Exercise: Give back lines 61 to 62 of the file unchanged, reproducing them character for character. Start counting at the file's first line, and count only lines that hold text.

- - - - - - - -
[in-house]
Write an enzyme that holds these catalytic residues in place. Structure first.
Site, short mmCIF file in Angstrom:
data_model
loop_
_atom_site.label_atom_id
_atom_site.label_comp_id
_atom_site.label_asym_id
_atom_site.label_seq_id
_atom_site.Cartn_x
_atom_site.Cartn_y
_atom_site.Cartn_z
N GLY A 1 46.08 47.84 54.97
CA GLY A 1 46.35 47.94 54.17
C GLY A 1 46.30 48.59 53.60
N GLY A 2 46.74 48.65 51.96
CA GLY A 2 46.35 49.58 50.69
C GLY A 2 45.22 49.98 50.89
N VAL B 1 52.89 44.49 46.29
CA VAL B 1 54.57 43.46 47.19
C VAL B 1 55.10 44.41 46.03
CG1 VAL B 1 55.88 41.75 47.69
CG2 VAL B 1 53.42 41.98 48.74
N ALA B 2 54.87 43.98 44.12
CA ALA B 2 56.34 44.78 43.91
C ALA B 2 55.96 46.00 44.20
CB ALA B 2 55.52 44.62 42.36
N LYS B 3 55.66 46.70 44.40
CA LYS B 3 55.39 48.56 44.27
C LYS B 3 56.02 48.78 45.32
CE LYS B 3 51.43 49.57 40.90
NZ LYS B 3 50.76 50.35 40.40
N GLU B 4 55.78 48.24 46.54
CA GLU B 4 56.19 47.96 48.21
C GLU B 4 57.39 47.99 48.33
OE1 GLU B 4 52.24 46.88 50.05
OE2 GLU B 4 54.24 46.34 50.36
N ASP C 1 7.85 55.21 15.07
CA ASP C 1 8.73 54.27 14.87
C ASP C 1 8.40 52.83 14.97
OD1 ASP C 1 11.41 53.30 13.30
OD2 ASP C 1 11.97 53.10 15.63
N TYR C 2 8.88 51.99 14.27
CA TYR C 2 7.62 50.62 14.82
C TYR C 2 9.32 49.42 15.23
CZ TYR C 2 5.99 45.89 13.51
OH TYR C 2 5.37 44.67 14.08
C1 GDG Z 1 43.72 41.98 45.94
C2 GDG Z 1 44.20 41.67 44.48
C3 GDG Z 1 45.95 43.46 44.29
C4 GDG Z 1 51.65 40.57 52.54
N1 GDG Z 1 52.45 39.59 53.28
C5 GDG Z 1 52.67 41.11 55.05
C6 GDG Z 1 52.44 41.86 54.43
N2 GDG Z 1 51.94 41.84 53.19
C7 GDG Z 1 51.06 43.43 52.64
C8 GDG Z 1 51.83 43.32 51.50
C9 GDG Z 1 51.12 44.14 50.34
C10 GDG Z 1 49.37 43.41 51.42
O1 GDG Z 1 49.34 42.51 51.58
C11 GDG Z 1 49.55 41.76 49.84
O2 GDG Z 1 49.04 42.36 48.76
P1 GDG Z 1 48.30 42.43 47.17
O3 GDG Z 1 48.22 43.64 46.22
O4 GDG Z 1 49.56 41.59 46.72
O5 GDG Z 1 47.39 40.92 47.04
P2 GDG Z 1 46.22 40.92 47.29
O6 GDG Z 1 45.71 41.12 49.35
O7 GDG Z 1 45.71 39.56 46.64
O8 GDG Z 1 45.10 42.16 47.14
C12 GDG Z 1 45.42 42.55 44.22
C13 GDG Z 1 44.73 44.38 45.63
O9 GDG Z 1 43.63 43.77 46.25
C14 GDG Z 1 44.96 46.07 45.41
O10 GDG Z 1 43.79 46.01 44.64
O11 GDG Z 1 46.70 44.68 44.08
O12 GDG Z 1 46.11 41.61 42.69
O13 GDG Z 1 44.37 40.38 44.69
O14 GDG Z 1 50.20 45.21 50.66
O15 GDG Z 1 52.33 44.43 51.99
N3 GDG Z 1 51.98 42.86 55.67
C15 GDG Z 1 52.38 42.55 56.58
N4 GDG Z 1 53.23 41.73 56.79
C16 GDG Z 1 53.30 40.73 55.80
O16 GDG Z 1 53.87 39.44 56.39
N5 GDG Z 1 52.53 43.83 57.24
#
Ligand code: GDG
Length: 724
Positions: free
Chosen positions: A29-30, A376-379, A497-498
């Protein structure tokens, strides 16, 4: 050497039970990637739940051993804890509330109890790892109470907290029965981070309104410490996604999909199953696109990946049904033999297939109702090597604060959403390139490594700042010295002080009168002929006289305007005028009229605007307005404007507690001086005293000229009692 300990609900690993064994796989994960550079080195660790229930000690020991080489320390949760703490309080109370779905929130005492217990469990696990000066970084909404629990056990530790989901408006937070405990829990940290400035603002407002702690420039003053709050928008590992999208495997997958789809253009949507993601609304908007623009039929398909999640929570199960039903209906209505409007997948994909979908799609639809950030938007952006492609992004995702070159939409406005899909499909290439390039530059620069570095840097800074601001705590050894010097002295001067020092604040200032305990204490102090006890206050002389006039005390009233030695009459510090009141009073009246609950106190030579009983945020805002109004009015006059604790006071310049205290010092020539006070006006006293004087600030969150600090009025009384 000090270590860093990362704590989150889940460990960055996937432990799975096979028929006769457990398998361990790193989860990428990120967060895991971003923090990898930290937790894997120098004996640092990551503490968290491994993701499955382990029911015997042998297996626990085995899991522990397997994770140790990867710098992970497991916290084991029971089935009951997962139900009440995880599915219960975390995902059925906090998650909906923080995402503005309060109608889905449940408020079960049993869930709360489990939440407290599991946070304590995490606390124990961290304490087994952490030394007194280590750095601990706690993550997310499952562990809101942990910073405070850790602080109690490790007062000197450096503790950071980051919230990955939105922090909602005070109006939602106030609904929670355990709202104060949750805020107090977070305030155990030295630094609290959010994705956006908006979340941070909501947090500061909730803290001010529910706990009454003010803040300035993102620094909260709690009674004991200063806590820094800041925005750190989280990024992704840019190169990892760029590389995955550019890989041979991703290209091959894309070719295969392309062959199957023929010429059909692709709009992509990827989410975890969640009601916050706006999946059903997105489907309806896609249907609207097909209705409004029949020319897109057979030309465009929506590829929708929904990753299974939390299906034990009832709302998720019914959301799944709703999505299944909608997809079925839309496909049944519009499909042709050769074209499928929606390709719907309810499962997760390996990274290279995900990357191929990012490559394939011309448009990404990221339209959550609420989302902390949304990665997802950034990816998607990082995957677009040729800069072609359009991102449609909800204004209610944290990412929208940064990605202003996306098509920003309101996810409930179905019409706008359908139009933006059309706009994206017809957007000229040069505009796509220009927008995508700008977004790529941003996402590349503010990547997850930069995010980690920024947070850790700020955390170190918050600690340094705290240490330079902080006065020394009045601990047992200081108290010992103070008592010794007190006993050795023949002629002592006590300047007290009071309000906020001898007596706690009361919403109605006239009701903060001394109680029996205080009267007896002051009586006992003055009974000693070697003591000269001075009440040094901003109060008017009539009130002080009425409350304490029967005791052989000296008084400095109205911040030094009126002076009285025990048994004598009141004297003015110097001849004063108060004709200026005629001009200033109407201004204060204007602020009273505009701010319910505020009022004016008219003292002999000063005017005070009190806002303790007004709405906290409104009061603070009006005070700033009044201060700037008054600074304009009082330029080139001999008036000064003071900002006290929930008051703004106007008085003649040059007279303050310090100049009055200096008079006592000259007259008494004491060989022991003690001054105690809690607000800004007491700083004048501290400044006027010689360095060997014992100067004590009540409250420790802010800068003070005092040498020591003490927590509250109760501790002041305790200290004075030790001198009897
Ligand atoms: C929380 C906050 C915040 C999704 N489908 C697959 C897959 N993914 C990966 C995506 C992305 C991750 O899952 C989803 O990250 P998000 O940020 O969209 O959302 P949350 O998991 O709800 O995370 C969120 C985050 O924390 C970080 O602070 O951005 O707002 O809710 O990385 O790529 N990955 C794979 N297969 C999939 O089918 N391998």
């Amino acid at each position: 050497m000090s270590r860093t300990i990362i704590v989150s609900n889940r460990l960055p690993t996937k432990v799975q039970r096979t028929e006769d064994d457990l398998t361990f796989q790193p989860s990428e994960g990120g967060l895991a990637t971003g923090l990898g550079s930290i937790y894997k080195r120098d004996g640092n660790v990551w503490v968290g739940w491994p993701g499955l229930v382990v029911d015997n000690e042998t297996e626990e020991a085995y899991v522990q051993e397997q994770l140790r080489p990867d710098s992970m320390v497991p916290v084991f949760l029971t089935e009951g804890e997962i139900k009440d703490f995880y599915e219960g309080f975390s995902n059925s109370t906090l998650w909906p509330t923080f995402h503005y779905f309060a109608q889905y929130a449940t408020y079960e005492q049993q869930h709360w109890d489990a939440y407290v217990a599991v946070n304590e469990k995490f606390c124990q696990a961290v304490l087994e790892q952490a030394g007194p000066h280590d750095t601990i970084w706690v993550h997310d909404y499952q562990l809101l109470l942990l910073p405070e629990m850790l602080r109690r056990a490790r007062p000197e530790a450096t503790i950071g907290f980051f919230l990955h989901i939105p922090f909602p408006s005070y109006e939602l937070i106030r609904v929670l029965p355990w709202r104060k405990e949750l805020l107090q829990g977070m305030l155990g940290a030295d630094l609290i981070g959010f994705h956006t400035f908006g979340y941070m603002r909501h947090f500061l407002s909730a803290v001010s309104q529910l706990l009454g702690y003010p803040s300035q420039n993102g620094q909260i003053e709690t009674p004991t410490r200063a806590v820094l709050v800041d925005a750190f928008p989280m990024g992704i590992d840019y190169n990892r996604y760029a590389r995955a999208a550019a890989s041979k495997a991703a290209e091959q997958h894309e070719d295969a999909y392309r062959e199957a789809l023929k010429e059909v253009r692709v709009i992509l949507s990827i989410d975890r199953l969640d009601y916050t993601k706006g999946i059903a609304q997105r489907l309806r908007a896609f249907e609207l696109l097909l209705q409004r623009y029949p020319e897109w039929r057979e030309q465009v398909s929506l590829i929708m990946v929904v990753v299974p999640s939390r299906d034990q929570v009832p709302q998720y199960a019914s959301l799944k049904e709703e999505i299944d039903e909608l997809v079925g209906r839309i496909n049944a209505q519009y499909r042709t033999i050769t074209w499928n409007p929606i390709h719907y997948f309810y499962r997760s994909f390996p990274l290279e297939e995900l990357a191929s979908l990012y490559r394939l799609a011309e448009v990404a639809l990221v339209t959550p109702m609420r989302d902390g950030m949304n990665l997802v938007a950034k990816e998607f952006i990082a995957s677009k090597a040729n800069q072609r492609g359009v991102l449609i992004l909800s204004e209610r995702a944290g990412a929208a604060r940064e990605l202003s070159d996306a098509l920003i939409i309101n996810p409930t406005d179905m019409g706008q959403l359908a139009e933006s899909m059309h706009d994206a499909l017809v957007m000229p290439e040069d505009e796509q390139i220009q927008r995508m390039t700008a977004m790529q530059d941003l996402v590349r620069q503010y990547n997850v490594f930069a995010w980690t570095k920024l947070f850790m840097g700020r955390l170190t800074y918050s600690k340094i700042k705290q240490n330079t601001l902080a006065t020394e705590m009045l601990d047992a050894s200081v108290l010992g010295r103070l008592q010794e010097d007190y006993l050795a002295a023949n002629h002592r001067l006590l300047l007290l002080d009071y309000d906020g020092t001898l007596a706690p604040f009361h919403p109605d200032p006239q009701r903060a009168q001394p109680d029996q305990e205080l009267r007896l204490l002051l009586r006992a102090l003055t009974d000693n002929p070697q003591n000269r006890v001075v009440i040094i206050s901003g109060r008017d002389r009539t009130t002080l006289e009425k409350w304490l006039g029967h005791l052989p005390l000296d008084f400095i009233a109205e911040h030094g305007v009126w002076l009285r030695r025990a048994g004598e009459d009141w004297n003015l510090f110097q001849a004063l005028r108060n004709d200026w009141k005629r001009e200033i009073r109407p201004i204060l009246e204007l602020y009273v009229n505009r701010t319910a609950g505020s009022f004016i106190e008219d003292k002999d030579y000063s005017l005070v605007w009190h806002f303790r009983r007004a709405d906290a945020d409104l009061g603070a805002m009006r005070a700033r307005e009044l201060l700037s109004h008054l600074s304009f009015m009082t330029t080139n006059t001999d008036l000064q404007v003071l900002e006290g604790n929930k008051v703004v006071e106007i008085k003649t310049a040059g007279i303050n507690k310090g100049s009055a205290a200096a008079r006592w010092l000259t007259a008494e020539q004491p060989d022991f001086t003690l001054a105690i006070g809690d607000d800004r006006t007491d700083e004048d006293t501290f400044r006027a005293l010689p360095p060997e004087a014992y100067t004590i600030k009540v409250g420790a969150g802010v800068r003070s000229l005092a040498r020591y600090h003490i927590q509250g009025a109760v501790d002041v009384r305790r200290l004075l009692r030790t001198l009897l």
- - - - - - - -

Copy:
C11 GDG Z 1 49.55 41.76 49.84
O2 GDG Z 1 49.04 42.36 48.76